Plant Transcription Factor Database
Previous version: v1.0, v2.0, v3.0
Arabidopsis thaliana
Species TF ID Description
AT1G22130.1AGAMOUS-like 104
AT1G24260.1MIKC_MADS family protein
AT1G24260.2MIKC_MADS family protein
AT1G24260.3MIKC_MADS family protein
AT1G26310.1MIKC_MADS family protein
AT1G69120.1MIKC_MADS family protein
AT1G71692.1AGAMOUS-like 12
AT1G77080.2MIKC_MADS family protein
AT1G77080.4MIKC_MADS family protein
AT1G77080.5MIKC_MADS family protein
AT1G77950.1AGAMOUS-like 67
AT1G77950.2AGAMOUS-like 67
AT1G77980.1AGAMOUS-like 66
AT2G03710.1MIKC_MADS family protein
AT2G03710.2MIKC_MADS family protein
AT2G03710.3MIKC_MADS family protein
AT2G14210.1AGAMOUS-like 44
AT2G22540.1MIKC_MADS family protein
AT2G22540.2MIKC_MADS family protein
AT2G22630.1AGAMOUS-like 17
AT2G42830.1MIKC_MADS family protein
AT2G42830.2MIKC_MADS family protein
AT2G45650.1AGAMOUS-like 6
AT2G45660.1AGAMOUS-like 20
AT3G02310.1MIKC_MADS family protein
AT3G30260.1AGAMOUS-like 79
AT3G54340.1MIKC_MADS family protein
AT3G57230.1AGAMOUS-like 16
AT3G57230.2AGAMOUS-like 16
AT3G57390.1AGAMOUS-like 18
AT3G58780.1MIKC_MADS family protein
AT3G58780.2MIKC_MADS family protein
AT3G58780.3MIKC_MADS family protein
AT3G61120.1AGAMOUS-like 13
AT4G09960.1MIKC_MADS family protein
AT4G09960.2MIKC_MADS family protein
AT4G09960.3MIKC_MADS family protein
AT4G09960.4MIKC_MADS family protein
AT4G11880.1AGAMOUS-like 14
AT4G18960.1MIKC_MADS family protein
AT4G22950.1AGAMOUS-like 19
AT4G24540.1AGAMOUS-like 24
AT4G37940.1AGAMOUS-like 21
AT5G10140.1MIKC_MADS family protein
AT5G10140.2MIKC_MADS family protein
AT5G10140.3MIKC_MADS family protein
AT5G10140.4MIKC_MADS family protein
AT5G13790.1AGAMOUS-like 15
AT5G15800.1MIKC_MADS family protein
AT5G15800.2MIKC_MADS family protein
AT5G20240.1MIKC_MADS family protein
AT5G23260.1MIKC_MADS family protein
AT5G23260.2MIKC_MADS family protein
AT5G23260.3MIKC_MADS family protein
AT5G51860.1MIKC_MADS family protein
AT5G51860.2MIKC_MADS family protein
AT5G51870.1AGAMOUS-like 71
AT5G51870.2AGAMOUS-like 71
AT5G51870.3AGAMOUS-like 71
AT5G60910.1AGAMOUS-like 8
AT5G62165.1AGAMOUS-like 42
AT5G62165.2AGAMOUS-like 42
AT5G62165.3AGAMOUS-like 42
AT5G62165.4AGAMOUS-like 42
AT5G65050.1AGAMOUS-like 31
AT5G65050.2AGAMOUS-like 31
AT5G65050.3AGAMOUS-like 31
AT5G65060.1MIKC_MADS family protein
AT5G65060.2MIKC_MADS family protein
AT5G65070.1MIKC_MADS family protein
AT5G65070.2MIKC_MADS family protein
AT5G65070.3MIKC_MADS family protein
AT5G65080.1MIKC_MADS family protein
AT5G65080.2MIKC_MADS family protein
MIKC_MADS (MIKC-type MADS) Family Introduction

The best studied plant MADS-box transcription factors are those involved in floral organ identity determination. Analysis of homeotic floral mutants resulted in the formulation of a genetic model, named the ABC model, that explains how the combined functions of three classes of genes (A, B, and C) determine the identity of the four flower organs (reviewed by Coen and Meyerowitz, 1991). Arabidopsis has two A-class genes (AP1 and AP2 [Bowman et al., 1989]), two B-class genes (PI and AP3), and a single C-class gene (AG), of which only AP2 is not a MADS-box gene. Recently, it was shown that the Arabidopsis B- and C-function genes, which control petal, stamen, and carpel development, are functionally dependent on three highly similar MADS-box genes, SEP1, SEP2, and SEP3 (Pelaz et al., 2000). Interestingly, only when mutant knockout alleles of the three SEP genes were combined in a triple sep1 sep2 sep3 mutant was loss of petal, stamen, and carpel identity observed, resulting in a flower composed of only sepals. This example shows that redundancy occurs in the MADS-box gene family, which complicates reverse genetic strategies for gene function analysis. The SHP genes provide another example of MADS-box gene redundancy. shp1 and shp2 single mutants do not exhibit any phenotypic effect, whereas in the double mutant, development of the dehiscence zone is disturbed in the fruit, resulting in a failure to release seeds (Liljegren et al., 2000)[1].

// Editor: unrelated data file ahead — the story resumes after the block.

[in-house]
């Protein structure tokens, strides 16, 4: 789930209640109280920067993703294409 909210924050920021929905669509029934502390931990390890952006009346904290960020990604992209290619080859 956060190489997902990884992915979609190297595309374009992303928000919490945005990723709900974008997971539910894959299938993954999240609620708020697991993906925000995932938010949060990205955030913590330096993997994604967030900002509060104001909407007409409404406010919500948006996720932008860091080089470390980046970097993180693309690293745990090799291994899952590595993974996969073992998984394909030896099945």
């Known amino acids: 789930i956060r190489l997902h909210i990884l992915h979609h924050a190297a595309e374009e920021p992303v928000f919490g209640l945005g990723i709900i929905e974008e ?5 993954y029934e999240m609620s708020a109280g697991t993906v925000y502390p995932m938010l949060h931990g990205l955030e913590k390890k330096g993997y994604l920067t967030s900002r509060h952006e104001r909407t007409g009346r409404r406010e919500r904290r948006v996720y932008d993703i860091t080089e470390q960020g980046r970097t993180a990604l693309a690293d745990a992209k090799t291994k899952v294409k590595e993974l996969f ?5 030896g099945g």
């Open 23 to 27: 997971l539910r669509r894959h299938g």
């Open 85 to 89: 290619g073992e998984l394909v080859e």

It has been proposed that there are at least 2 lineages (type I and type II) of MADS-box genes in plants, animals, and fungi. Most of the well-studied plant genes are type II genes and have three more domains than type I genes from the N to the C terminus of the protein:intervening (I) domain (~30 codons), keratin-lik e coiled-coil (K) domain (~70 codons), and Cterminal (C) domain (variable length). These genes are called the MIKC-type and are specific to plants[2].

The MADS-box is a DNA binding domain of 58 amino acids that binds DNA at consensus recognition sequences known as CArG boxes [CC(A/T)6GG] (Hayes et al., 1988; Riechmann et al., 1996b). The interaction with DNA has been studied in detail for the human and yeast MADS-box proteins thanks to the resolved crystal structures (Pellegrini et al., 1995; Santelli and Richmond, 2000). The I domain is less conserved and contributes to the specification of dimerization. The K domain is characterized by a coiled-coil structure, which facilitates the dimerization of MADS-box proteins (Davies et al., 1996; Fan et al., 1997). The C domain is the least conserved domain; in some cases, it has been shown to contain a transactivation domain or to contribute to the formation of multimeric MADS-box protein complexes (Egea-Cortines et al., 1999; Honma and Goto, 2001)[1].

1.Parenicova L, de Folter S, Kieffer M, Horner DS, Favalli C, Busscher J, Cook HE, Ingram RM, Kater MM, Davies B, Angenent GC, Colombo L.
Molecular and phylogenetic analyses of the complete MADS-box transcription factor family in Arabidopsis: new openings to the MADS world.
Plant Cell. 2003 Jul;15(7):1538-51.
PMID: 12837945
2.Nam J, dePamphilis CW, Ma H, Nei M.
Antiquity and evolution of the MADS-box gene family controlling flower development in plants.
Mol Biol Evol. 2003 Sep;20(9):1435-47. Epub 2003 May 30.
PMID: 12777513